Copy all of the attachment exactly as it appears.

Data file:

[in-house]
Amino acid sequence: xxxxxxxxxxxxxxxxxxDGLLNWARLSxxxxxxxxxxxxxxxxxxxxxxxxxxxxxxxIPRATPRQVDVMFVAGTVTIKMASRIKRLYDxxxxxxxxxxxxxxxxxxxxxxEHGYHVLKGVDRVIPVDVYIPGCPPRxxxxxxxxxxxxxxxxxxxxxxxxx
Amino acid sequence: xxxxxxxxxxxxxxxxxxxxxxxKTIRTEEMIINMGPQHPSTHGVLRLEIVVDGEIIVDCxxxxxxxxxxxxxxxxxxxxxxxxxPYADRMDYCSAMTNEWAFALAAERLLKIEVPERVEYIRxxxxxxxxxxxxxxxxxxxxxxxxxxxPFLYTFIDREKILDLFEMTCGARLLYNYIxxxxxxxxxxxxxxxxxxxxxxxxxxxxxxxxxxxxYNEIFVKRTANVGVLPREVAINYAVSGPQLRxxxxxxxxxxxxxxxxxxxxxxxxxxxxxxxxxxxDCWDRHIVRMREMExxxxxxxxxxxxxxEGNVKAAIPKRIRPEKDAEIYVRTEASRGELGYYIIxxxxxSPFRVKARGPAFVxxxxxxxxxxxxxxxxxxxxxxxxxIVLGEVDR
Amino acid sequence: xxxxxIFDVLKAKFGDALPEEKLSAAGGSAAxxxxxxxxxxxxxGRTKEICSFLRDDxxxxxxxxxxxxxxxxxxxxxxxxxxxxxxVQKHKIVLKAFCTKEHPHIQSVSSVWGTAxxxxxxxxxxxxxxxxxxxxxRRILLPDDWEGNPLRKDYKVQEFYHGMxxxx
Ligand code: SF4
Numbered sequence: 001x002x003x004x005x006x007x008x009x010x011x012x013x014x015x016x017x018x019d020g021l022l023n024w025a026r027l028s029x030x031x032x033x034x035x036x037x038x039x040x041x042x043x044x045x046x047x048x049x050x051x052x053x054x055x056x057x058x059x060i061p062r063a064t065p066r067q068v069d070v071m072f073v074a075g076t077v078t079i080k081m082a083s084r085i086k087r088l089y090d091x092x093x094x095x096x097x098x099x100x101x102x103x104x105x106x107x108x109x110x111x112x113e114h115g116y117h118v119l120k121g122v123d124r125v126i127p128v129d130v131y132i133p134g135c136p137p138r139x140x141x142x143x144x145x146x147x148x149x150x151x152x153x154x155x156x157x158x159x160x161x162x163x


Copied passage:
[in-house]
Amino acid sequence: xxxxxxxxxxxxxxxxxxDGLLNWARLSxxxxxxxxxxxxxxxxxxxxxxxxxxxxxxxIPRATPRQVDVMFVAGTVTIKMASRIKRLYDxxxxxxxxxxxxxxxxxxxxxxEHGYHVLKGVDRVIPVDVYIPGCPPRxxxxxxxxxxxxxxxxxxxxxxxxx
Amino acid sequence: xxxxxxxxxxxxxxxxxxxxxxxKTIRTEEMIINMGPQHPSTHGVLRLEIVVDGEIIVDCxxxxxxxxxxxxxxxxxxxxxxxxxPYADRMDYCSAMTNEWAFALAAERLLKIEVPERVEYIRxxxxxxxxxxxxxxxxxxxxxxxxxxxPFLYTFIDREKILDLFEMTCGARLLYNYIxxxxxxxxxxxxxxxxxxxxxxxxxxxxxxxxxxxxYNEIFVKRTANVGVLPREVAINYAVSGPQLRxxxxxxxxxxxxxxxxxxxxxxxxxxxxxxxxxxxDCWDRHIVRMREMExxxxxxxxxxxxxxEGNVKAAIPKRIRPEKDAEIYVRTEASRGELGYYIIxxxxxSPFRVKARGPAFVxxxxxxxxxxxxxxxxxxxxxxxxxIVLGEVDR
Amino acid sequence: xxxxxIFDVLKAKFGDALPEEKLSAAGGSAAxxxxxxxxxxxxxGRTKEICSFLRDDxxxxxxxxxxxxxxxxxxxxxxxxxxxxxxVQKHKIVLKAFCTKEHPHIQSVSSVWGTAxxxxxxxxxxxxxxxxxxxxxRRILLPDDWEGNPLRKDYKVQEFYHGMxxxx
Ligand code: SF4
Numbered sequence: 001x002x003x004x005x006x007x008x009x010x011x012x013x014x015x016x017x018x019d020g021l022l023n024w025a026r027l028s029x030x031x032x033x034x035x036x037x038x039x040x041x042x043x044x045x046x047x048x049x050x051x052x053x054x055x056x057x058x059x060i061p062r063a064t065p066r067q068v069d070v071m072f073v074a075g076t077v078t079i080k081m082a083s084r085i086k087r088l089y090d091x092x093x094x095x096x097x098x099x100x101x102x103x104x105x106x107x108x109x110x111x112x113e114h115g116y117h118v119l120k121g122v123d124r125v126i127p128v129d130v131y132i133p134g135c136p137p138r139x140x141x142x143x144x145x146x147x148x149x150x151x152x153x154x155x156x157x158x159x160x161x162x163x